SIG 10


The SIG516’s gas valve has three positions: one for “normal” conditions, one for dirty/fouled conditions, and one for use with suppressors. An optional fourth position would negate reciprocating action movement for single-shot use with a suppressor. Just depress the stop pin and twist. You can insert the nose of a cartridge or other object through the hole in the gas plug for more turning leverage if necessary.


SIG 11


The 516’s gas pushrod system is strong, simple and includes no tiny loose springs, cones or couplers just waiting to leap out and get lost. It’s easily disassembled and cleaned.


SIG 12


Here’s the bolt and carrier of the 516. Note the carrier has an integral impact face for the gas pushrod rather than a staked gas key, which could shoot loose. It’s an anti-tilt design and further relieved for clearing liquids, mud or sand if it — and you — wind up in the soup.


SIG 13


Check the left-side half of the 516’s ambidextrous mag release, the thicker-than-normal stout mag well lips and nicely angled mag well funnel. You can just make out the vertical grooves on the front face of the mag well, which provide better grip if you “choke up” with your off-hand. SIG really did their homework on this puppy.


SIG 14


As opposed to the 556 Classic Patrol, the SIG516 arrived dry as a bone. I was tempted to treat it with the best single-purpose products I had, but then thought, most LE agencies provide, at best, just an all-purpose lube/cleaner/protectant — particularly when it’s for general-issue patrol weapons. I had just received a pump-can of Centerfire’s biodegradable WeaponCLP and the recommendation of an LE armorer acquaintance. I disassembled the 516, wiped it down inside and out very sparingly with WeaponCLP and ran it hard. After initial testing, I purposely subjected it to more blowing dust and grit. The WeaponCLP performed very well, and did not show any tendency to gum up.


SIG 15


The SIG516 ships without backup iron sights (BUIS). There are lots of good ones out there from MagPul, Troy Industries and others, but none faster or better made than these from Diamondhead Sights. Just visualize the ease and speed of lining up these sights and you’ll start to get the picture. The geometry of the design is so intuitively self-centering and aligning it’s nothing short of amazing — the fastest iron sights I’ve ever used. They’re also absolutely top-quality in materials and precision machining. They fold down neatly, flip up and lock solid when deployed. Check them out at While you’re there, look at their new Auto-Ranger sight. I haven’t used one yet, but the concept looks very interesting.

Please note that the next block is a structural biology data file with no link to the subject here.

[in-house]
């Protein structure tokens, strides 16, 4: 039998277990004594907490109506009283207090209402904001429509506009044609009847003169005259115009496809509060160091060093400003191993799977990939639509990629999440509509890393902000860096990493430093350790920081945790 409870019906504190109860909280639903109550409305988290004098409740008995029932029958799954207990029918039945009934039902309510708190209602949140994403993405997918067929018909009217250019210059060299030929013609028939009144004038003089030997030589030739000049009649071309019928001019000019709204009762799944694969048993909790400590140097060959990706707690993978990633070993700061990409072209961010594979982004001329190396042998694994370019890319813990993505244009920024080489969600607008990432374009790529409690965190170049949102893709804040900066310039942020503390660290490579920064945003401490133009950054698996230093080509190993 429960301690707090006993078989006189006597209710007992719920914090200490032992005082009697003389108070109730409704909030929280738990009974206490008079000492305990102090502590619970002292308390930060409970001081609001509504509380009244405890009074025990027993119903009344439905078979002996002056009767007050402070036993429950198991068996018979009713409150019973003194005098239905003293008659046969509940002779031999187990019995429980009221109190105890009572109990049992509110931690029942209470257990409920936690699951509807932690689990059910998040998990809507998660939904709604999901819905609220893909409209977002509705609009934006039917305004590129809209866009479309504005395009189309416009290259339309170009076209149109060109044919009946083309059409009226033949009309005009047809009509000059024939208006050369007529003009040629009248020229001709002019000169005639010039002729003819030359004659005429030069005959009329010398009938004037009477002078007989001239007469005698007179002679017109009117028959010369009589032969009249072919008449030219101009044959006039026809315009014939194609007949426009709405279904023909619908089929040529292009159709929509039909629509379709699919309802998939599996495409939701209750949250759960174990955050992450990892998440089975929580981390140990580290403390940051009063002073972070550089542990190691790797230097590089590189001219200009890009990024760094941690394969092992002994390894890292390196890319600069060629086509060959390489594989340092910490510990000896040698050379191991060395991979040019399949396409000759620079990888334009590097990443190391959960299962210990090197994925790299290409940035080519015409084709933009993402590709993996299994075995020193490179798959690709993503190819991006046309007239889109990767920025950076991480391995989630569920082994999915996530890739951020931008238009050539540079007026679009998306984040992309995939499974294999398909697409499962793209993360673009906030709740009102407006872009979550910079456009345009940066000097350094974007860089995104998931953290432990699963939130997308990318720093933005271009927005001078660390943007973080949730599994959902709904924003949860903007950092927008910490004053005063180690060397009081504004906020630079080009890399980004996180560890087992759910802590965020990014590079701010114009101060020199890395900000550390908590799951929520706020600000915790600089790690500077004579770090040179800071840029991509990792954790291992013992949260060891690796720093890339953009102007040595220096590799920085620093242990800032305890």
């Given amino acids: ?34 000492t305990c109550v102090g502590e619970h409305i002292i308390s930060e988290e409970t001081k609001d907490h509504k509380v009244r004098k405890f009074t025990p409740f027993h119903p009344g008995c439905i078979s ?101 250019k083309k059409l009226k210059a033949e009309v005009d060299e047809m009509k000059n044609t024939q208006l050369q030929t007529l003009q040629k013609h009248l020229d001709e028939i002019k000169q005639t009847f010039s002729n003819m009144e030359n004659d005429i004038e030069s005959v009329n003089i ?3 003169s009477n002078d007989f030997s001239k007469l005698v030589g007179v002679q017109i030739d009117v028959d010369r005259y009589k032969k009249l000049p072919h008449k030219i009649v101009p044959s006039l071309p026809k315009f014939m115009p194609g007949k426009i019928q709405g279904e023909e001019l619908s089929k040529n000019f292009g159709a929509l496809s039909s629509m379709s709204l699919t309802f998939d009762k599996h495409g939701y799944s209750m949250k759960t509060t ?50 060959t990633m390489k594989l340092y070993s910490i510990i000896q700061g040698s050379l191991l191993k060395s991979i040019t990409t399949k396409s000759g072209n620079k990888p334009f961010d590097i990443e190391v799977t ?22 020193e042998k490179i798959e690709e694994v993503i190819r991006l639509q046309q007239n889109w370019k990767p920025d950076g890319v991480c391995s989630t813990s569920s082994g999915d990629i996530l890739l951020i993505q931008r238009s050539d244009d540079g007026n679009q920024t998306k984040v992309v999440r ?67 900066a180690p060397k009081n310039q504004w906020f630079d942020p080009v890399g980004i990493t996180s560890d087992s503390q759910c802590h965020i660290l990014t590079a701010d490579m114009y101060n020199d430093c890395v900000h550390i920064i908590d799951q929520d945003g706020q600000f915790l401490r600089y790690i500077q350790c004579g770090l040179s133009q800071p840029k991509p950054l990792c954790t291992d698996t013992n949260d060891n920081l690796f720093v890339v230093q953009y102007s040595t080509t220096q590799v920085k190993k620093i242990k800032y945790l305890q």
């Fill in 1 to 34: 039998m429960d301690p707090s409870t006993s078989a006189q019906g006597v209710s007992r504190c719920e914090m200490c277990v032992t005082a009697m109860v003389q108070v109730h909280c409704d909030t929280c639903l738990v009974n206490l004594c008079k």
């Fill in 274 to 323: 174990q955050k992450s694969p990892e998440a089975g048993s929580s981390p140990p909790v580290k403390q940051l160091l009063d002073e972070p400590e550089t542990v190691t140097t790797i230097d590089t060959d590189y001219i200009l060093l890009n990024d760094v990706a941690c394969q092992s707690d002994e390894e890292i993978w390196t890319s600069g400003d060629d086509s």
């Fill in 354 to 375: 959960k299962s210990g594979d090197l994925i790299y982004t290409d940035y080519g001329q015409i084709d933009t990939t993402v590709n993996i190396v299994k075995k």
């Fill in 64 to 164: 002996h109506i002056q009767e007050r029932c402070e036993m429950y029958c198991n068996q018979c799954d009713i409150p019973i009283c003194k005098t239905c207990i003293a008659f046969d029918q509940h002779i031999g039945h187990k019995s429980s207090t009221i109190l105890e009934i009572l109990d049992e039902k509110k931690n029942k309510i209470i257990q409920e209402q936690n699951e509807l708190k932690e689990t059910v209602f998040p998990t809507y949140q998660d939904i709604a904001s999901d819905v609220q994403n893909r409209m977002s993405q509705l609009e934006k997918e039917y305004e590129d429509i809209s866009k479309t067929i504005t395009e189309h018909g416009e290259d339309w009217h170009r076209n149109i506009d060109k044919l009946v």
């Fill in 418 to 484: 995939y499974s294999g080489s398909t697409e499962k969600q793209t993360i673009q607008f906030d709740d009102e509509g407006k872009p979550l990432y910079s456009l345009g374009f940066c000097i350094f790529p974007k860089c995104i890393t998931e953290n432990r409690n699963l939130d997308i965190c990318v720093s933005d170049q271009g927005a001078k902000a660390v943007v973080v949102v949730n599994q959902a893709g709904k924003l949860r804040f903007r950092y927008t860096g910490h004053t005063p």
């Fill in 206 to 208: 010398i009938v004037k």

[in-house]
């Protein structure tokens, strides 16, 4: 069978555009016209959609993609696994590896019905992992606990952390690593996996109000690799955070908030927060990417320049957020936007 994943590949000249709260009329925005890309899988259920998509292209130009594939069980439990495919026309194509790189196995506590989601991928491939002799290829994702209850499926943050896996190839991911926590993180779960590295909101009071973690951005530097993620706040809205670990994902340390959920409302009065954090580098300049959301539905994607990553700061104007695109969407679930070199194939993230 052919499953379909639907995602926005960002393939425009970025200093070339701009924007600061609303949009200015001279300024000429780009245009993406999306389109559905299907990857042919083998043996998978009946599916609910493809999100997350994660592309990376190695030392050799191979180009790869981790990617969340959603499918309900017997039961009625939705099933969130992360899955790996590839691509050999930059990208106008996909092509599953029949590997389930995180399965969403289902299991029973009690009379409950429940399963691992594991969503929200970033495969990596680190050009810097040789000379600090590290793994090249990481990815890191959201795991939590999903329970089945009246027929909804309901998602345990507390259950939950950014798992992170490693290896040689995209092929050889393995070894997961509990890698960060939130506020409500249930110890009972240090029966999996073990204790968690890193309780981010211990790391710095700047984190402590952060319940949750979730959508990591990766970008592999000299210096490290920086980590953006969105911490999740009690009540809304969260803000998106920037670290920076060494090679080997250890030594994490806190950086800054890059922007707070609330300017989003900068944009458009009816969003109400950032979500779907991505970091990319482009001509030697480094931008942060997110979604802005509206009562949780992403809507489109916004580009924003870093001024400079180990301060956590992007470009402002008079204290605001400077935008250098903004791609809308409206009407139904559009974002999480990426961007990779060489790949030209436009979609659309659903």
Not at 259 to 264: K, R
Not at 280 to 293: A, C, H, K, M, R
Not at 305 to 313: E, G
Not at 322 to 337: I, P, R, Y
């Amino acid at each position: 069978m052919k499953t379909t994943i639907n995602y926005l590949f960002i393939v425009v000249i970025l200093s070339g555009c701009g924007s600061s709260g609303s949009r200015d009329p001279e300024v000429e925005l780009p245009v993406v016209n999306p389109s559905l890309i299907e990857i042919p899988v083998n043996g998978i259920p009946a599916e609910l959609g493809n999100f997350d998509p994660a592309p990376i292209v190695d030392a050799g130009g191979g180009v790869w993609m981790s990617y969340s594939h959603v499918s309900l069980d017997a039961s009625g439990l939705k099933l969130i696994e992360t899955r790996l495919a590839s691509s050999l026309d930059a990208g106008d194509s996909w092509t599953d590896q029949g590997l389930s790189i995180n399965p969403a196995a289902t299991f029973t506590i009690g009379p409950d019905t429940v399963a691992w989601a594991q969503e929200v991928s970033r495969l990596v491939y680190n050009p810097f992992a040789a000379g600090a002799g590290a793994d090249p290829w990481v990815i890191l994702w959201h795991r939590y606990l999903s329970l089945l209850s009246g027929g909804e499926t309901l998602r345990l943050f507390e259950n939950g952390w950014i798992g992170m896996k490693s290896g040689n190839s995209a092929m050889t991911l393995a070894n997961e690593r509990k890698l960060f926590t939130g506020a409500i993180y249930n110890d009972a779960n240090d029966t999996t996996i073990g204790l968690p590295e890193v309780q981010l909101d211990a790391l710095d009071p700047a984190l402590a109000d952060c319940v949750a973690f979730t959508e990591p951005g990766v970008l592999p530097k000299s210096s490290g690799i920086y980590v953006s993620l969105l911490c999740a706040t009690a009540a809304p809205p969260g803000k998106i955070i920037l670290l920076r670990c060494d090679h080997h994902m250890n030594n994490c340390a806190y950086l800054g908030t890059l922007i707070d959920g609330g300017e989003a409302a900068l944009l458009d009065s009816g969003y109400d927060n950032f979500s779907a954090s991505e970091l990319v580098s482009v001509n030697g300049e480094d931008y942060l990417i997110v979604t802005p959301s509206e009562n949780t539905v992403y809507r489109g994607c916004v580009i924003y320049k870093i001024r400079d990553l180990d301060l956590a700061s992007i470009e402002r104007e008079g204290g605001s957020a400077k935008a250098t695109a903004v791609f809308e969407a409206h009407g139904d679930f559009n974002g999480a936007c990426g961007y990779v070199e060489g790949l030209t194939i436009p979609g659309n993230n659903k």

SIG 16


Left to right, magazines used in testing included SIG SAUER-marked polymer mags, MagPul MagLevel P-Mags, Brownells’ military-contract mags, Israeli-made Count-Down Mags distributed in the US by EMA Tactical, a Fusil-USA MIG-welded steel mag, and a vintage Colt military mag. All functioned perfectly, except for one previously damaged Colt mag which snuck into the range bag. Neither the 556 nor the 516 showed any preference or “stickiness” with any of them, and none were loose at any point. This speaks well for the dimensional precision of both weapons, because often you’ll find if a carbine will “eat any flavor magazine,” it will rattle-and-drop some, while other guns may hold most mags tight, but be too tight and sticky with others.


SIG 17


Note the MagLevel P-Mag and Count-Down Mag both offer visual confirmation of your rounds remaining — a handy feature.


SIG 18


f all the ammo used, it came as no surprise that generally, heavier rounds proved to be the most accurate in these 1-to-7-inch rifled barrels. The standouts were Black Hills 77-grain and Cor-Bon 69-grain HPBT. However, loads down to the 52-grain Black Hills Match HP and Cor-Bon’s 53-grain DPX also performed with great precision. American Tactical 62-grain 5.56x45mm rounds, made in Turkey, turned in very good performance, as did the Serbian-made PRVI Partisan 62-grain ammo. Both of them are good low-cost training and practice alternatives to premium duty ammo.

Next time out, I want to test Pakistani reloads in a carbine made by “Bill & Earl’s Lawn Chairs & Fine Firearms” just so I’ll have something substantive to complain about! – Morrison